Archive for the ‘Semantcs’ Category

Ruthie on meanings

October 19, 2017

Two recent One Big Happy strips:

(#1) What does /sǽtǝn/ mean?

(#2) What does anaphoric do that refer to?

#1 plumbs Ruthie’s knowledge of the English lexicon (satin is unfamiliar to her, so she does the best she can with it from what she knows), #2 her ability to use anaphoric elements in context (she’s an ace at wielding “sloppy identity”).

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Two negatives make a positive

November 19, 2016

The One Big Happy in today’s comics feed:

“Two negatives make a positive” is one way to state a principle of logic, that the negation of the negation of X is equivalent to X. The principle is irrelevant to an account of the syntactic phenomenon that’s popularly called “double negation” (or more generally, “multiple negation”) — often labeled negative concord by linguists — according to which all susceptible elements in a negated clause themselves appear in a negative variant (I didn’t see nobody nowhere, corresponding to standard English I didn’t see anybody anywhere); in languages or varieties or styles with negative concord, two negative elements are just the expression of one negation.

But Joe takes us into new territory, with his novel interpretation — actually, willful misinterpretation —  of the principle of logic (or of algebra, as her father puts it): according to Joe’s interpretation, saying two negative (that is, deprecatory or insulting) things counts conversationally as saying something positive (that is, favorable or complimentary). All to take the opportunity to double down on nastiness.

Gang of five

June 28, 2016

Comics and cartoons pile up. Here are four recent ones from my regular feeds, plus a Perry Bible Fellowship (“The Offenders”) sent to me by Jason Parker-Burlingham. Before that, a Bizarro with the slow-snail cartoon meme; a One Big Happy with an attachment ambiguity; a Rhymes With Orange on reduplicated names (like mahi-mahi); and a massively alliterative Zippy.

(#1)

(If you’re puzzled by the odd symbol in the cartoon — Dan Piraro says there’s just one in this strip — see this Page.)

The usual meme is about snails (with shells), but it works equally well for slugs (without shells).

(#2)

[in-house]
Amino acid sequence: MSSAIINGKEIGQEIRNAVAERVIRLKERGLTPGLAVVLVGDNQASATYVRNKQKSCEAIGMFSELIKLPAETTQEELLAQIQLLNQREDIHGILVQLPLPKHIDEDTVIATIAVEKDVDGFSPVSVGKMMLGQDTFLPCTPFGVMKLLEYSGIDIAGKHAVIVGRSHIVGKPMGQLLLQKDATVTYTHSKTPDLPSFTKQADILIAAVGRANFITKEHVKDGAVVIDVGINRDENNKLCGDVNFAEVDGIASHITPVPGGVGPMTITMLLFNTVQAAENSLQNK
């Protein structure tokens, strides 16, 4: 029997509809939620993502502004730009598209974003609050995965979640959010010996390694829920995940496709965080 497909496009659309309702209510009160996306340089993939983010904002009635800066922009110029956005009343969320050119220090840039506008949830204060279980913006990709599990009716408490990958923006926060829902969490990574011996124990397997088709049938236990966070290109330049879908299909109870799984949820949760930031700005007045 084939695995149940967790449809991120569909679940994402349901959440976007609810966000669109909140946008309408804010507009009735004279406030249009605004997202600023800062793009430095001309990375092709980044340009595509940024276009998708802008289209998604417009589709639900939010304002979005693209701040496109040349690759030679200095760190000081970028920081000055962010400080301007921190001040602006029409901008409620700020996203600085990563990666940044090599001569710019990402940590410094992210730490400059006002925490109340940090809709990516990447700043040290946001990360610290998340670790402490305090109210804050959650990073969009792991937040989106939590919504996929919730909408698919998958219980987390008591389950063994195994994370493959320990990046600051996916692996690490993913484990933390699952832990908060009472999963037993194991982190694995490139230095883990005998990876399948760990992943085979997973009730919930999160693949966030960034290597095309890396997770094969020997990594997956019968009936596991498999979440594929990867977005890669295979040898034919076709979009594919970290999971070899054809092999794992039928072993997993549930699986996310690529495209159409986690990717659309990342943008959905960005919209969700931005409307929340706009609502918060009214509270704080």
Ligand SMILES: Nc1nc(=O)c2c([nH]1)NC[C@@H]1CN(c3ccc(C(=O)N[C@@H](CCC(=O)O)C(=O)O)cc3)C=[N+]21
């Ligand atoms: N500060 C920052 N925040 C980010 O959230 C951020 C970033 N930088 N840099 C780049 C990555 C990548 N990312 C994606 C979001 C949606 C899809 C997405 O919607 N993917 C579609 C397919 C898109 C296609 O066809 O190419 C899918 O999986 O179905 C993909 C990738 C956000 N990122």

Simplifying the example, it’s I sketched a model in the nude. There are two scopes for the modifier in the nude — as a sentential (or VP) adverbial (the scoping for clauses with intransitive verbs, like I sunbathed in the nude), attributing nudity to the referent of the subject; or as a modifier within the direct object NP (note the passive A model in the nude was painstakingly sketched by the life drawing class). The first speaker intends the second, narrower scope, but Ruthie understands the first, wider scope, in which the artist is nude.

(#3)

English has a considerable number of names that are reduplicative in form, like the place name Bora Bora. Some of these are food names, like mahi-mahi and couscous. The diner is taking the reduplicative form to denote multiplicity (or extent), giving rise to a kind of back-formed noun, mahi or cous.

(#4)

Bill Griffith loves to play with the sounds of words. Having started with Fairchild Semiconductor (the company name) used as a personal name, the first panel explodes with F alliteration, which continues in the other two panels — pared with T alliteration in the second panel, S alliteration in the third.

And then to cartoon sound words in Perry Bible Fellowship, which range from conventional to inventive:

(#5)

Added later: More important, as commenter RF notes:

Note that Slur’s “problematic” fighting style results in sound effects that are racial slurs directed at his opponents.

This was clearly telegraphed by the name of the strip (“The Offenders”) and by the name of the central character (Slur). Somehow I missed this on a first reading. Many thanks to RF.

 

“part of who we are”

June 27, 2015

One of the developments in South Carolina has to do with the Confederate battle flag flying on the dome of the statehouse there: what does it mean? and should it be taken down?

The full history of the flag is complex, but there’s no question that after the rise of the Civil Rights Movement in the 1950s it was used as a powerful symbol of Southern resistance to the movement, black people, and the federal government.

Into this terrain walked Sen. Lindsey Graham of South Carolina, whose first response was to protest that the battle flag is an integral “part of who we are”, part of the Southern heritage, and as such should be proudly preserved in situ. (His position later moderated.)

The first thing to ask about his statement is: who are the we in what he said? From the larger context, I assume that Graham’s intention was to refer to Southerners in general  (or at least to South Carolinians). But I can’t credit that claim.

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